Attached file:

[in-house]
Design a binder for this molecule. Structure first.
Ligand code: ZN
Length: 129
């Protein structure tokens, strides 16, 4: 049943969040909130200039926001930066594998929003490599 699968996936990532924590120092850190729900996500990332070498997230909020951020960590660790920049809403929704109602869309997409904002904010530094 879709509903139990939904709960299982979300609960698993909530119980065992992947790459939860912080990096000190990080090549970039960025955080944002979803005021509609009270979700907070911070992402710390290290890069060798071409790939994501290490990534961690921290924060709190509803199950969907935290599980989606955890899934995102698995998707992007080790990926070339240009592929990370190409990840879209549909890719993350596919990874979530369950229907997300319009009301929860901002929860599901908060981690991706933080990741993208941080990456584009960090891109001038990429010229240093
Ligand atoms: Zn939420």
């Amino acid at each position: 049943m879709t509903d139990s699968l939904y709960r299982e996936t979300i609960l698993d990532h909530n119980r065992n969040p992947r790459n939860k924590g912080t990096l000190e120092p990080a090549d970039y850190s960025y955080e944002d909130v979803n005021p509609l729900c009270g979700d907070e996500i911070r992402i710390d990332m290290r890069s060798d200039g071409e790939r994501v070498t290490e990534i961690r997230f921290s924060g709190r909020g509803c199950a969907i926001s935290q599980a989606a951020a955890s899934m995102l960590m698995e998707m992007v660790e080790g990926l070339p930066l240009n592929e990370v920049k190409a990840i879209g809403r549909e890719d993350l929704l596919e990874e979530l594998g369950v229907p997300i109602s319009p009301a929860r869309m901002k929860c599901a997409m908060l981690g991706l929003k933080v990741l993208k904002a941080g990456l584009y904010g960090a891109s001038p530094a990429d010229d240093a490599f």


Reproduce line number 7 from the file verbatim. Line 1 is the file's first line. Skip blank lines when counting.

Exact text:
């Amino acid at each position: 049943m879709t509903d139990s699968l939904y709960r299982e996936t979300i609960l698993d990532h909530n119980r065992n969040p992947r790459n939860k924590g912080t990096l000190e120092p990080a090549d970039y850190s960025y955080e944002d909130v979803n005021p509609l729900c009270g979700d907070e996500i911070r992402i710390d990332m290290r890069s060798d200039g071409e790939r994501v070498t290490e990534i961690r997230f921290s924060g709190r909020g509803c199950a969907i926001s935290q599980a989606a951020a955890s899934m995102l960590m698995e998707m992007v660790e080790g990926l070339p930066l240009n592929e990370v920049k190409a990840i879209g809403r549909e890719d993350l929704l596919e990874e979530l594998g369950v229907p997300i109602s319009p009301a929860r869309m901002k929860c599901a997409m908060l981690g991706l929003k933080v990741l993208k904002a941080g990456l584009y904010g960090a891109s001038p530094a990429d010229d240093a490599f």